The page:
Home » Season 2 » III Form Physics: First Engineering Design Challenge

III Form Physics: First Engineering Design Challenge

By Lindsey Dumond, III Form

 III Form Physics: First Engineering Design Challenge

Units 1, 2, and 3 all focused on the same design challenge, which was to create an object with the highest average velocity over two meters. The object also had to be self-propelled and could not leave contact with the track at any time, or it would be disqualified. At the end of unit one, we chose several materials that we thought would be most useful in creating an object that could complete the challenge. We created a first design based on what we knew about physics at that point. In unit two, we built a model of our first design and tried to make it self-propelled. After facing challenges during this step we redesigned and rebuilt. As we redesigned, we were also learning more about physics and concepts that we could apply to our design and model to make it perform best. This process continued throughout the rest of unit two and unit three until we reached a design and model that worked and could complete the challenge.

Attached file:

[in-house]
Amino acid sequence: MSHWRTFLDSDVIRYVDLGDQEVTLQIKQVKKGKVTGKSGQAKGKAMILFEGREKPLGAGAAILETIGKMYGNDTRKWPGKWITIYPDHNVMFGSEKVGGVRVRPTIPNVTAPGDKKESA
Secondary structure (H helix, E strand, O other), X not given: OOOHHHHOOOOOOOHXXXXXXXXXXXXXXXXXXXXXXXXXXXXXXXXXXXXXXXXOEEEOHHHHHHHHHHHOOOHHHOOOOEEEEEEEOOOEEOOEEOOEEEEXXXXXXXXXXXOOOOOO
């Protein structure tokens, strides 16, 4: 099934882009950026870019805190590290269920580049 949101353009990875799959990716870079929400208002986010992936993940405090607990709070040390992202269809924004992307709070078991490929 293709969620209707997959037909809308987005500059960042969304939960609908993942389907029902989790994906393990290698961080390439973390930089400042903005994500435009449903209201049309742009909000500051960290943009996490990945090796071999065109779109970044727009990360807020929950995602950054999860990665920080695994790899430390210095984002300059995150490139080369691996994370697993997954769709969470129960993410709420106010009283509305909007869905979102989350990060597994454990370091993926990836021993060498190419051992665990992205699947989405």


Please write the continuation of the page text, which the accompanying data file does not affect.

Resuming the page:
We created our first design at the end of unit one, when we had already covered topics like acceleration and velocity. During our first design, we didn’t think much about the physics aspect other than that our object shouldn’t have a huge mass because it needed to propel itself, and that we needed to make it fairly aerodynamic. We knew that the larger the mass of the object, the more force would be needed to make it move, because of f=ma. We created an object with two axels made of straws that were connected by plastic balls and Popsicle sticks, with a wheel on each end of each axel (total of four wheels). When we were creating this first design we put off the idea of self-propulsion, so after we built the model of that design in unit two, we were stumped. Our first idea was to wrap rubber bands around the axels in such a fashion that when we released the rubber bands, they would contract and spin the axels in the process. We spent a good amount of time trying to figure out how this would work best. We tried a variety of different ways to wrap the rubber band and nothing was working. This was because the heavy wooden wheels made the mass of the object far too large and we would have needed a much larger force to move it, and the rubber band did not have enough potential energy in the ways we were wrapping it to propel such a big mass. The rubber band would need more tension and we would have needed to stretch it more to create more potential energy, but we couldn’t do this without bending our flimsy straw axels. Since we couldn’t figure out our way around the rubber band, we decided to try a new form of propulsion.